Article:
Updates

We stopped 20 state parks from closing

After devastating budget cuts in 2011, this spring, the Legislature restored funding for state and local parks. The Texas Parks and Wildlife Department had warned that 20 state parks would have to close without additional funds. But after a public outcry—including thousands of petition signatures from Environment Texas members—the Legislature boosted funding by $62 million. That's enough to keep all our state parks open, make critical repairs, replant trees destroyed by wildfire at Bastrop State Park, and to give grants to cities to build new parks, ball fields and playgrounds.

News Release | Environment Texas

Solar energy grows 62% in Austin in 2014

AUSTIN – Austin experienced explosive growth in distributed solar energy installations in 2014, growing from 13 megawatts (MW) in 2013 to 21 MW by the end of 2014, an increase of 62%. Solar panels were installed on hundreds of homes, schools and businesses, including at Huston Tillotson University, AISD’s new Performing Arts Center, Goodwill Industries and Howdy Honda.  

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News Release | Environment Texas

Solar energy grows 22% in Houston in 2014

AUSTIN – Houston experienced significant growth in solar energy installations in 2014, growing from approximately 4 megawatts (MW) in 2013 to 5 MW by the end of 2014, an increase of 22%. “Cities can be big stars in our transition to clean energy,” said Luke Metzger, Director of Environment Texas. “We know that Houston has the potential to be among them.”

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Report | Environment Texas Research and Policy Center

Shining Cities

The use of solar power is expanding rapidly across the United States. By the end of 2014, the United States had 20,500 megawatts (MW) of cumulative solar electric capacity, enough to power four million average U.S. homes.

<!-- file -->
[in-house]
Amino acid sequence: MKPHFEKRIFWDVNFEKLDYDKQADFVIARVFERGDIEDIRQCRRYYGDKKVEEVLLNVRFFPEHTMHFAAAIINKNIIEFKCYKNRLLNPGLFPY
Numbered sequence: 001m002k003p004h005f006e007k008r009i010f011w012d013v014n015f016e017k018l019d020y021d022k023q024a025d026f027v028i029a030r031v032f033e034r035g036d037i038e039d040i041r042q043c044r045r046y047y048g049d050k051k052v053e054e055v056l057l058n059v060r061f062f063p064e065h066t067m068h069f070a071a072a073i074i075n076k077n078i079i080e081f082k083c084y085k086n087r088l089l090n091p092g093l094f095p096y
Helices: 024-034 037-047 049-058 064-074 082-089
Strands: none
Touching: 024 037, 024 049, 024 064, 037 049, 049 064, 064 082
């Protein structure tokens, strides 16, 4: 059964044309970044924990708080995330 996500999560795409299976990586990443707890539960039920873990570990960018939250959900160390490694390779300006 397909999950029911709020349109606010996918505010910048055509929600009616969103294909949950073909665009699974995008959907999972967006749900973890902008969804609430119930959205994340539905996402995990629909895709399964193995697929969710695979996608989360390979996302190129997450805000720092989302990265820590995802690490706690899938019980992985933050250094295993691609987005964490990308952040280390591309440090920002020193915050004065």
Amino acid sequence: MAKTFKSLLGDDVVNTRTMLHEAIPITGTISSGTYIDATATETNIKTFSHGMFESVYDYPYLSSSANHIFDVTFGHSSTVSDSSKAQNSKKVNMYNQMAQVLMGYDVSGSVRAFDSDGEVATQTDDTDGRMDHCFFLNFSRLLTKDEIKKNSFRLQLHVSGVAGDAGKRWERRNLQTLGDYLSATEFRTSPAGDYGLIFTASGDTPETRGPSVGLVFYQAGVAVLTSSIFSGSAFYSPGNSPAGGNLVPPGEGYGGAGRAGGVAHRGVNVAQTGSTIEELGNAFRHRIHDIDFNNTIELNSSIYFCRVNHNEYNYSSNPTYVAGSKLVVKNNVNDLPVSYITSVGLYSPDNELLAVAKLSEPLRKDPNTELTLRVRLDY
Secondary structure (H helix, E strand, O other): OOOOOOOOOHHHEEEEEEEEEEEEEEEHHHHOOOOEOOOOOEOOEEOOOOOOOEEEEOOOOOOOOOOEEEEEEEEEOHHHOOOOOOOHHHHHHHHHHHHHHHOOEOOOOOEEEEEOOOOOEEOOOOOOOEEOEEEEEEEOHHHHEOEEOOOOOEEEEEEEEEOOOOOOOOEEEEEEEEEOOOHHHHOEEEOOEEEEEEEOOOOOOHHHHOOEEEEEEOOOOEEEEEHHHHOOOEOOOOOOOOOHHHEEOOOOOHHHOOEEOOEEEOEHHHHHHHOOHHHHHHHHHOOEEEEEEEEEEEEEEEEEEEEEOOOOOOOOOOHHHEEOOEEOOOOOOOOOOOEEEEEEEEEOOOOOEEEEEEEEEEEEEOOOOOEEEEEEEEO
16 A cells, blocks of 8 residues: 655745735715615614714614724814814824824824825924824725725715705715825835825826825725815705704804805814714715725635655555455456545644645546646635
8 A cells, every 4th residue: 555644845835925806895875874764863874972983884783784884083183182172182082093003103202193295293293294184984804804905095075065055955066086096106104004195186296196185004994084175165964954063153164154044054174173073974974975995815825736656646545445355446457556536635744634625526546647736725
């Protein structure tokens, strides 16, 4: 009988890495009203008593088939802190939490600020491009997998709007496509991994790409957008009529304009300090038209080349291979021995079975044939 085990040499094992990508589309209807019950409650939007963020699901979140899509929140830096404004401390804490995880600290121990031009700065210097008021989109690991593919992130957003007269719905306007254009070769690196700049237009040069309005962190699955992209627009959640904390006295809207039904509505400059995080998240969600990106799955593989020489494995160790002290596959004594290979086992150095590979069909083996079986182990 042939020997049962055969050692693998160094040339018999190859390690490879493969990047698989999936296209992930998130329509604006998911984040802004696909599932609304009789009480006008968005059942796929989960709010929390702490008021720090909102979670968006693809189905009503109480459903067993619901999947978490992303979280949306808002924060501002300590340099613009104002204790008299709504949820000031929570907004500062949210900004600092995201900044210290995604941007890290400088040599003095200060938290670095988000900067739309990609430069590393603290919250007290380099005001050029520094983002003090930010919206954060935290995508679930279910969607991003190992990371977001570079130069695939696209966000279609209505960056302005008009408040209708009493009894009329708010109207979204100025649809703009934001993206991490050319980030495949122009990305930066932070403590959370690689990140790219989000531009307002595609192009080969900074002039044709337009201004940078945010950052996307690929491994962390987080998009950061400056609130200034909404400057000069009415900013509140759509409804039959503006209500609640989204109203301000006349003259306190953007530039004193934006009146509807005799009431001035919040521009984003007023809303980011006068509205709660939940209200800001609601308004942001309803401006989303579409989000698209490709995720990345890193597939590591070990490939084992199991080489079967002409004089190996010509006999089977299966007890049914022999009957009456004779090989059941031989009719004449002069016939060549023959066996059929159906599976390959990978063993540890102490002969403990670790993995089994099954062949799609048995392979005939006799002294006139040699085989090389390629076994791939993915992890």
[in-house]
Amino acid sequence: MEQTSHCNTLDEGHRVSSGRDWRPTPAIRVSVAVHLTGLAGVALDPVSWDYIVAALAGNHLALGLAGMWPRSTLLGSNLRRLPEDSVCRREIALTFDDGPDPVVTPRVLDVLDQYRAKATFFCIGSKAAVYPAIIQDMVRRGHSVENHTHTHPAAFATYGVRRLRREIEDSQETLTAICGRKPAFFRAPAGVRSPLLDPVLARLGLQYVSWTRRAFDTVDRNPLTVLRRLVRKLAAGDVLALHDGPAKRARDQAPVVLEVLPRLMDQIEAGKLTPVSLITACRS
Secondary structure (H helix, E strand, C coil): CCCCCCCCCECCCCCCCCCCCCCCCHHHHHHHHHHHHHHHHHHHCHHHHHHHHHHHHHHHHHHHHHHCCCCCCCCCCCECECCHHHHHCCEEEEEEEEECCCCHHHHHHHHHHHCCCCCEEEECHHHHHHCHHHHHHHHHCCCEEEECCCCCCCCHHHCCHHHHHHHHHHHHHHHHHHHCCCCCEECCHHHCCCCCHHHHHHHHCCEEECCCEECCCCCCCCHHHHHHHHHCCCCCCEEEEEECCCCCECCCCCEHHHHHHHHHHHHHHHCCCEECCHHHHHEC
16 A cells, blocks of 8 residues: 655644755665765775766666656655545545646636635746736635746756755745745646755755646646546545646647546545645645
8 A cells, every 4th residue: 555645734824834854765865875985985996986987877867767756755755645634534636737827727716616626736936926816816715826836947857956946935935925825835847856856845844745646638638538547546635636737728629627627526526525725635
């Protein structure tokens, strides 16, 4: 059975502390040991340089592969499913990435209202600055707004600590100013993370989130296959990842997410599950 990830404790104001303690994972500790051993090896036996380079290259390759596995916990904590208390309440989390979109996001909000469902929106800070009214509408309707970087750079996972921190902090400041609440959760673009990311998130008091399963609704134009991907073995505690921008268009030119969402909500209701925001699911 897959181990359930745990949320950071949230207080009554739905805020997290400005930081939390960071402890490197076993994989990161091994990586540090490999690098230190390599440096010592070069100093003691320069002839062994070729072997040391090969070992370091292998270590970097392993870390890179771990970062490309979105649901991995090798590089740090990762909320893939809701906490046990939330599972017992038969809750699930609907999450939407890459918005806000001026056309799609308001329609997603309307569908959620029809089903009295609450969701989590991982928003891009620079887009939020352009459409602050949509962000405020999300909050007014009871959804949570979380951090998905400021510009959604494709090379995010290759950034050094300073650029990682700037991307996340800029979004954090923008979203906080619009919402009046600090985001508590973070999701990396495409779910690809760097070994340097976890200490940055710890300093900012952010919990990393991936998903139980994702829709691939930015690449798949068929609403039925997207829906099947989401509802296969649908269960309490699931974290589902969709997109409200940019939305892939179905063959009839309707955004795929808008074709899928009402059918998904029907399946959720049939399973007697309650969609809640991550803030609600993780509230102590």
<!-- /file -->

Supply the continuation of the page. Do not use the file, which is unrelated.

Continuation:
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News Release | Environment Texas Research and Policy Center

New website evaluates environmental impact of projects in State Water Plan

AUSTIN – Environment Texas Research and Policy Center launched a new website today designed to help educate Texans about the environmental impacts of projects in the State Water Plan. The interactive website – www.OurTexasWater.org - allows Texans to view a map of the state and learn about highlighted projects in their community. The new website comes as the Texas Water Development Board considers the first round of applications for funding from the new water infrastructure fund approved by voters in November 2013. 

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Report | Environment Texas Research and Policy Center

Polluting Politics

Year after year, polls show that more Americans are concerned with the pollution and quality of our waterways more than any other environmental issue. And after toxins in Lake Erie left 400,000 Toledo, OH residents unable to drink the water coming out of their taps last August, the need to protect our waterways is clear and present.

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